Brian Watt Business and Economics Reporter
- Phone: (626) 583-5108
Brian Watt is a Business and Economics Reporter for KPCC. He joined the KPCC news team in 2007. Prior to that, he worked as a producer at "Marketplace," where he filed a number of his own stories and even filled in some mornings as host.
Brian holds degrees in Theater from Yale University and the Sorbonne, and has worked as an actor in France, Italy, Brazil, Hungary and Hollywood. He appeared in a few television shows, including "The West Wing," "Judging Amy," and "The District."
Stories by Brian Watt
FilmLA, the city's official film office, reports a 'modest recovery' in on-location film shoots, but cautions that local television production is lagging.
Small business has been called the "engine of the economy"; but that engine could stall, if loans and contracts are left frozen by the federal shutdown.
The Port of L.A.'s top executive, Geraldine Knatz will retire at end of year. That announcement from Mayor Garcetti's office surprised one harbor commissioner.
North Hollywood Army reservist George Zepeda is managing to stay calm, despite missing a weekend training drill and losing a paycheck to the federal shutdown.
Furloughed SSA attorney, Alisa Wayne says she's concerned about paying bills, but also worried that applicants appealing benefit decisions may have to wait during the federal shutdown.
Another major studio is laying off employees to compete. Six months after Disney trimmed 150 jobs, Paramount Pictures said it's cutting 110.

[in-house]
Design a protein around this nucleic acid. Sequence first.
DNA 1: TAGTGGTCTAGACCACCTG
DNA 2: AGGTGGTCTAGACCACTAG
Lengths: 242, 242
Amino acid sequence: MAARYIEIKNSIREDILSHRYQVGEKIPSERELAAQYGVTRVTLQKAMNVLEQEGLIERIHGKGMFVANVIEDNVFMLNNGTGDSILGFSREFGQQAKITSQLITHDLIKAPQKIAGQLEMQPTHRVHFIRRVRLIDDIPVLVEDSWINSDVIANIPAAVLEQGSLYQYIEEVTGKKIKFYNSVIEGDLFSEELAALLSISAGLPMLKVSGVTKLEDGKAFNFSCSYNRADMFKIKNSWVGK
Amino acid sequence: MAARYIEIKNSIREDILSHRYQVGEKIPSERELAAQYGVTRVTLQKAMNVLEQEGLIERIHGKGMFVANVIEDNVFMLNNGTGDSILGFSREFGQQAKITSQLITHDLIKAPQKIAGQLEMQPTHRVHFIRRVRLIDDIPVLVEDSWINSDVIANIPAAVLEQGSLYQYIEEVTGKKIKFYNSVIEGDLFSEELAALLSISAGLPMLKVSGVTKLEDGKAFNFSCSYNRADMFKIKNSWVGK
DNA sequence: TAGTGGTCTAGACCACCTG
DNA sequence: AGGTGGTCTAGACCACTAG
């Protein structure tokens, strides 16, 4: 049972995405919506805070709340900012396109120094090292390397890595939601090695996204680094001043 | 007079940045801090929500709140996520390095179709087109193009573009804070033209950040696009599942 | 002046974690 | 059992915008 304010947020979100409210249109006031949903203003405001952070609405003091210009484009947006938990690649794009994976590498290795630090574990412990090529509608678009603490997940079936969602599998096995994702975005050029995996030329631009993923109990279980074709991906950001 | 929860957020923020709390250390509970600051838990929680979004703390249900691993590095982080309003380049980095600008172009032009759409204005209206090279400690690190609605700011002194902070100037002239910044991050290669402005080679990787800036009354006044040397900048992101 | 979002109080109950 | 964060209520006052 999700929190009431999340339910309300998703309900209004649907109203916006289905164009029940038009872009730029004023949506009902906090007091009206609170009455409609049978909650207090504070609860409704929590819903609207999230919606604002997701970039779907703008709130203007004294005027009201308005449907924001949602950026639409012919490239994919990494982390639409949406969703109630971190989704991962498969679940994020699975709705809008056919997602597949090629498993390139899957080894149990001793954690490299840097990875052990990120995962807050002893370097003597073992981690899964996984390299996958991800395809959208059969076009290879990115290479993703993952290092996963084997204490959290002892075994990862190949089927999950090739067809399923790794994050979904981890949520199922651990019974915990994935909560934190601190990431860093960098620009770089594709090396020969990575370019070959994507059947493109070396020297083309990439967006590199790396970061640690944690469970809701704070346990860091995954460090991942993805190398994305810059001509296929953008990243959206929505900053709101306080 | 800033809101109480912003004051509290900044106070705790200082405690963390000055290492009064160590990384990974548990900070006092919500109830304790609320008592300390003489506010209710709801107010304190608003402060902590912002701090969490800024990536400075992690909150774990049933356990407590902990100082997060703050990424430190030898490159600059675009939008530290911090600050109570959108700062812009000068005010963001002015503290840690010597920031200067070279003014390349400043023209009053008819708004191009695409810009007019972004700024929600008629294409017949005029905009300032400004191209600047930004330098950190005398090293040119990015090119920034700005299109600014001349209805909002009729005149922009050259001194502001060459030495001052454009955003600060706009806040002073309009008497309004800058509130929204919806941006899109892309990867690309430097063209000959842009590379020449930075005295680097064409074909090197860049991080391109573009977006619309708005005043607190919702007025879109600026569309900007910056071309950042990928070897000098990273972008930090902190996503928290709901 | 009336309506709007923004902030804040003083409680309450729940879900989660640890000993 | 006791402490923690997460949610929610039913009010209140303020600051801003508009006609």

Antonio Villaraigosa will be a 'senior advisor' to Herbalife. The head of one Latino group says the former L.A. Mayor must not know the 'downside.'
Microsoft is moving its Los Angeles offices out of downtown and onto 'Silicon Beach' with a new technology center in Playa Vista.
Time Warner Cable and CBS end a month-long battle affecting more than three million cable customers nationwide. What was lost and gained?
CBS and Time Warner have reached an agreement on fees for carriage of the network's stations on Time Warner Cable systems across the country.
With the Time Warner Cable-CBS blackout still in effect, the Los Angeles City Council enters the debate, just days before the start of the regular NFL season.
Does the flight of film and television production to other states and countries merit a "state of emergency" declaration by L.A.'s mayor?
The Los Angeles area housing market continues to improve, as foreclosure rates fall and home prices rise. For buyers, fewer foreclosures mean fewer discounts.
Time Warner offers free access to the Tennis Channel during the U.S. Open for cable customers affected by the CBS blackout.
"I get goosebumps, the same as anyone in the stands," Scully said. "As long as I get excited — as long as I truly feel the emotion — I should still be here.”